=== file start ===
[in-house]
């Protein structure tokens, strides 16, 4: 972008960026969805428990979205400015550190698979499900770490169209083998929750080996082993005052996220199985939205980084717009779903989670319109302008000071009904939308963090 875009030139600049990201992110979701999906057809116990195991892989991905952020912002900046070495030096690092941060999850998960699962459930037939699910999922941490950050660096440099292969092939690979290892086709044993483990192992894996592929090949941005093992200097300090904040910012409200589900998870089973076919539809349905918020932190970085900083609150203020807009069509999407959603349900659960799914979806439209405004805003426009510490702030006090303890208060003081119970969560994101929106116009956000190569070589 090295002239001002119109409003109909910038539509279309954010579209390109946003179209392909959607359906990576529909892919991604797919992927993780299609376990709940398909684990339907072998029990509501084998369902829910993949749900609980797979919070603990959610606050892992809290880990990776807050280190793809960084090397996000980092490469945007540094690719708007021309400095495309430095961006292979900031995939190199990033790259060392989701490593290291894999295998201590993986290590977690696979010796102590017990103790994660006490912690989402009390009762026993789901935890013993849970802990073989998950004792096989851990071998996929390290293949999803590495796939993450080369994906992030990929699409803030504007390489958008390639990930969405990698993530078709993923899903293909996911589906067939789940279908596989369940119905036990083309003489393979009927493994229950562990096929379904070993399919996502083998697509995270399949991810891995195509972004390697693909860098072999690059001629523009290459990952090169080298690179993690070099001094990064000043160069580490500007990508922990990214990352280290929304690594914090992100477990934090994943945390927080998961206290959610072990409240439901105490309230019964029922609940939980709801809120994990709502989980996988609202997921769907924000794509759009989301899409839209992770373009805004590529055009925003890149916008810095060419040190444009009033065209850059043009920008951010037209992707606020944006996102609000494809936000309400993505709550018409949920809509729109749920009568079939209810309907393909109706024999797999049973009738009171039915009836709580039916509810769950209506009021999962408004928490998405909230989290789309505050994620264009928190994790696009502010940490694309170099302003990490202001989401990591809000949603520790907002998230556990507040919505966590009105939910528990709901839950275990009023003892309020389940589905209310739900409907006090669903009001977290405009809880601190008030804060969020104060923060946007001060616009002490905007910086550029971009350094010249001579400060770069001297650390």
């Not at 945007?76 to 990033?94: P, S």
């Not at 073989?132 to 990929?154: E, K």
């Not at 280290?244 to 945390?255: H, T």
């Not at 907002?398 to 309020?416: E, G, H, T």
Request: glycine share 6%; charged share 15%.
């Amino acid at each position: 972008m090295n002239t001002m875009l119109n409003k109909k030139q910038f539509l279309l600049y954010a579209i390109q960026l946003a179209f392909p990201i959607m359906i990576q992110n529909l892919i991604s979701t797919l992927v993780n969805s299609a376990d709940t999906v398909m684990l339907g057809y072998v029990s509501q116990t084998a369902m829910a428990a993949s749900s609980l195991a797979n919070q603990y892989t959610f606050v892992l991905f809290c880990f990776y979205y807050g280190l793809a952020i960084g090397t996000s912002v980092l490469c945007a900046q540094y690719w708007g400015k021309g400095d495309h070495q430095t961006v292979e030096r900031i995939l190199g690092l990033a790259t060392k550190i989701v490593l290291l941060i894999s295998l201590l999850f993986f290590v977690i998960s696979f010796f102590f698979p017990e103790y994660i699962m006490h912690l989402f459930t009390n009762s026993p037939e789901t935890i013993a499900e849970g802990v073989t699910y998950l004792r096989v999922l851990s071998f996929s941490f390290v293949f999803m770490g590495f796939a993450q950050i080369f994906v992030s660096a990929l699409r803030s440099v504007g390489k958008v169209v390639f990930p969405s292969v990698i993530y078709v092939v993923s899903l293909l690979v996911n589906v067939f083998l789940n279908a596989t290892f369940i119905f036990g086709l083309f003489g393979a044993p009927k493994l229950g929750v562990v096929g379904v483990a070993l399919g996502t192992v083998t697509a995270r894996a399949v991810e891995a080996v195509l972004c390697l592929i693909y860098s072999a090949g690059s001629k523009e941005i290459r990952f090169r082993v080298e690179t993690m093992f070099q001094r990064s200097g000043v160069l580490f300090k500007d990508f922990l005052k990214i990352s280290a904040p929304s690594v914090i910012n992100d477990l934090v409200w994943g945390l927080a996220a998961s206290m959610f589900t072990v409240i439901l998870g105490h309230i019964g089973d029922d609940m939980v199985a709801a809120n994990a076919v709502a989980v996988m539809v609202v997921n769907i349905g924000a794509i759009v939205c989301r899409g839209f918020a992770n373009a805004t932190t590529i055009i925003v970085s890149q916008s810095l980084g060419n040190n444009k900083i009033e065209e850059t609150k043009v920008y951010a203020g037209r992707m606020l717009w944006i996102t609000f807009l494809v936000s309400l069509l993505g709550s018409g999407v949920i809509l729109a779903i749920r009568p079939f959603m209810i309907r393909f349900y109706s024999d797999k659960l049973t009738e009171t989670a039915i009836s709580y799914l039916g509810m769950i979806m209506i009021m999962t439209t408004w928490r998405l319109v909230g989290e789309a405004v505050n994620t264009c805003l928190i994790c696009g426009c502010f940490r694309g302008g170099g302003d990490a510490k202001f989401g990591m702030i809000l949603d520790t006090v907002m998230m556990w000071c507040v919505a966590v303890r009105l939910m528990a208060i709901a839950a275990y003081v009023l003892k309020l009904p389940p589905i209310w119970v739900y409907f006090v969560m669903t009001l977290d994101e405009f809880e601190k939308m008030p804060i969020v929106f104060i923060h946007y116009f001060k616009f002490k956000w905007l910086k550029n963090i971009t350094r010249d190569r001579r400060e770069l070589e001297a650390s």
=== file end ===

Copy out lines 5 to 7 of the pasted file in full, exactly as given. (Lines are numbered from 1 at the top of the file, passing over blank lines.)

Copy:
């Not at 280290?244 to 945390?255: H, T």
């Not at 907002?398 to 309020?416: E, G, H, T």
Request: glycine share 6%; charged share 15%.